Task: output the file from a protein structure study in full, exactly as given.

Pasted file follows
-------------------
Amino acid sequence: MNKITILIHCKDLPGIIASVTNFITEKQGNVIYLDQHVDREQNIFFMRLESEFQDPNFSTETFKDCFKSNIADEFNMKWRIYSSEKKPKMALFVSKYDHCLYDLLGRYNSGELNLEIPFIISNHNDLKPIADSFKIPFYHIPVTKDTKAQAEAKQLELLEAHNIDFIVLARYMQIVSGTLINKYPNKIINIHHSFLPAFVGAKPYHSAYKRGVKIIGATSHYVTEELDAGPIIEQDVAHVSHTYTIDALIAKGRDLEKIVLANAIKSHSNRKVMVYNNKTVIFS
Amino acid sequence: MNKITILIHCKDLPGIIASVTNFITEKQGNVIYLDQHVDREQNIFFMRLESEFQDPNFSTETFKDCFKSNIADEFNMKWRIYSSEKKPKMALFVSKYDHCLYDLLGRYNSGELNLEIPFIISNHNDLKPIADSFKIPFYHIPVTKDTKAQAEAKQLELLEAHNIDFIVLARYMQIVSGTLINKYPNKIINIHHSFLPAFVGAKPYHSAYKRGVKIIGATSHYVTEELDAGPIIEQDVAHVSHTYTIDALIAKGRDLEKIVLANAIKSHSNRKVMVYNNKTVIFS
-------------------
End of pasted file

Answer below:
Amino acid sequence: MNKITILIHCKDLPGIIASVTNFITEKQGNVIYLDQHVDREQNIFFMRLESEFQDPNFSTETFKDCFKSNIADEFNMKWRIYSSEKKPKMALFVSKYDHCLYDLLGRYNSGELNLEIPFIISNHNDLKPIADSFKIPFYHIPVTKDTKAQAEAKQLELLEAHNIDFIVLARYMQIVSGTLINKYPNKIINIHHSFLPAFVGAKPYHSAYKRGVKIIGATSHYVTEELDAGPIIEQDVAHVSHTYTIDALIAKGRDLEKIVLANAIKSHSNRKVMVYNNKTVIFS
Amino acid sequence: MNKITILIHCKDLPGIIASVTNFITEKQGNVIYLDQHVDREQNIFFMRLESEFQDPNFSTETFKDCFKSNIADEFNMKWRIYSSEKKPKMALFVSKYDHCLYDLLGRYNSGELNLEIPFIISNHNDLKPIADSFKIPFYHIPVTKDTKAQAEAKQLELLEAHNIDFIVLARYMQIVSGTLINKYPNKIINIHHSFLPAFVGAKPYHSAYKRGVKIIGATSHYVTEELDAGPIIEQDVAHVSHTYTIDALIAKGRDLEKIVLANAIKSHSNRKVMVYNNKTVIFS